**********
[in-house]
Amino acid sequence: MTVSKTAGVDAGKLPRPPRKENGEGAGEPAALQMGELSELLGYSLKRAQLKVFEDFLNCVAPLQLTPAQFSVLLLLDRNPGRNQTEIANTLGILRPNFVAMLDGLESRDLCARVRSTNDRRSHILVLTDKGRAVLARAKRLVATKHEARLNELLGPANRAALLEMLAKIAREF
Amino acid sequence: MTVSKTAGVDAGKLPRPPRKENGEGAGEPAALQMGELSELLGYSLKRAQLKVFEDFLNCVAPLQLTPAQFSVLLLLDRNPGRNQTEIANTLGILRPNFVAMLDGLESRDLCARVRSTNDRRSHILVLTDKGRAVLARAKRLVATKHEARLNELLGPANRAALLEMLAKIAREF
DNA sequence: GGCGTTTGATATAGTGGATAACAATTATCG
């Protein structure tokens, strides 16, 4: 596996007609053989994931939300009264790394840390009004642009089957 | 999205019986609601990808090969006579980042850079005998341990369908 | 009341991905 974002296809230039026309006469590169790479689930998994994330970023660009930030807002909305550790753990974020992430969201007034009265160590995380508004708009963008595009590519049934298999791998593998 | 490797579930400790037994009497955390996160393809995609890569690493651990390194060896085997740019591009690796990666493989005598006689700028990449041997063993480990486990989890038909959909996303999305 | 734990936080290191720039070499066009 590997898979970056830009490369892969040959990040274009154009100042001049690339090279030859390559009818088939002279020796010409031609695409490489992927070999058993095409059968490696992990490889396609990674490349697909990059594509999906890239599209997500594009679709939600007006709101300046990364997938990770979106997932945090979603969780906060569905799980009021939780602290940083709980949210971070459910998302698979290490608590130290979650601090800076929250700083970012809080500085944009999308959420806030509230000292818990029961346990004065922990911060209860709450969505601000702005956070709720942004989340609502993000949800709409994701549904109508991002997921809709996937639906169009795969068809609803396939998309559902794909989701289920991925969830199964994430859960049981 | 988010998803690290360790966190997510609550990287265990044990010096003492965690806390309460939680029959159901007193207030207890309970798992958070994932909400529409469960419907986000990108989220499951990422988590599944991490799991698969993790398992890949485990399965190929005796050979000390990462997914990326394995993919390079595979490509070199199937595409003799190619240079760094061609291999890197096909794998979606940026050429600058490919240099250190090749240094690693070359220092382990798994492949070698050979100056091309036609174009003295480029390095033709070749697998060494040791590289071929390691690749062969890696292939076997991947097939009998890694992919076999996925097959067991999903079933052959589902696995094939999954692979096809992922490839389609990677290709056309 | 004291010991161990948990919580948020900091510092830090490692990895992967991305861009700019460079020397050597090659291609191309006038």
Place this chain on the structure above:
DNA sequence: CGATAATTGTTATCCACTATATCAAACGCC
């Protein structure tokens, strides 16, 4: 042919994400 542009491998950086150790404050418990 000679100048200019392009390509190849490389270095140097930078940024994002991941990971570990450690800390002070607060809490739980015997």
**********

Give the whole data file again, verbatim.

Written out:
[in-house]
Amino acid sequence: MTVSKTAGVDAGKLPRPPRKENGEGAGEPAALQMGELSELLGYSLKRAQLKVFEDFLNCVAPLQLTPAQFSVLLLLDRNPGRNQTEIANTLGILRPNFVAMLDGLESRDLCARVRSTNDRRSHILVLTDKGRAVLARAKRLVATKHEARLNELLGPANRAALLEMLAKIAREF
Amino acid sequence: MTVSKTAGVDAGKLPRPPRKENGEGAGEPAALQMGELSELLGYSLKRAQLKVFEDFLNCVAPLQLTPAQFSVLLLLDRNPGRNQTEIANTLGILRPNFVAMLDGLESRDLCARVRSTNDRRSHILVLTDKGRAVLARAKRLVATKHEARLNELLGPANRAALLEMLAKIAREF
DNA sequence: GGCGTTTGATATAGTGGATAACAATTATCG
């Protein structure tokens, strides 16, 4: 596996007609053989994931939300009264790394840390009004642009089957 | 999205019986609601990808090969006579980042850079005998341990369908 | 009341991905 974002296809230039026309006469590169790479689930998994994330970023660009930030807002909305550790753990974020992430969201007034009265160590995380508004708009963008595009590519049934298999791998593998 | 490797579930400790037994009497955390996160393809995609890569690493651990390194060896085997740019591009690796990666493989005598006689700028990449041997063993480990486990989890038909959909996303999305 | 734990936080290191720039070499066009 590997898979970056830009490369892969040959990040274009154009100042001049690339090279030859390559009818088939002279020796010409031609695409490489992927070999058993095409059968490696992990490889396609990674490349697909990059594509999906890239599209997500594009679709939600007006709101300046990364997938990770979106997932945090979603969780906060569905799980009021939780602290940083709980949210971070459910998302698979290490608590130290979650601090800076929250700083970012809080500085944009999308959420806030509230000292818990029961346990004065922990911060209860709450969505601000702005956070709720942004989340609502993000949800709409994701549904109508991002997921809709996937639906169009795969068809609803396939998309559902794909989701289920991925969830199964994430859960049981 | 988010998803690290360790966190997510609550990287265990044990010096003492965690806390309460939680029959159901007193207030207890309970798992958070994932909400529409469960419907986000990108989220499951990422988590599944991490799991698969993790398992890949485990399965190929005796050979000390990462997914990326394995993919390079595979490509070199199937595409003799190619240079760094061609291999890197096909794998979606940026050429600058490919240099250190090749240094690693070359220092382990798994492949070698050979100056091309036609174009003295480029390095033709070749697998060494040791590289071929390691690749062969890696292939076997991947097939009998890694992919076999996925097959067991999903079933052959589902696995094939999954692979096809992922490839389609990677290709056309 | 004291010991161990948990919580948020900091510092830090490692990895992967991305861009700019460079020397050597090659291609191309006038």
Place this chain on the structure above:
DNA sequence: CGATAATTGTTATCCACTATATCAAACGCC
């Protein structure tokens, strides 16, 4: 042919994400 542009491998950086150790404050418990 000679100048200019392009390509190849490389270095140097930078940024994002991941990971570990450690800390002070607060809490739980015997």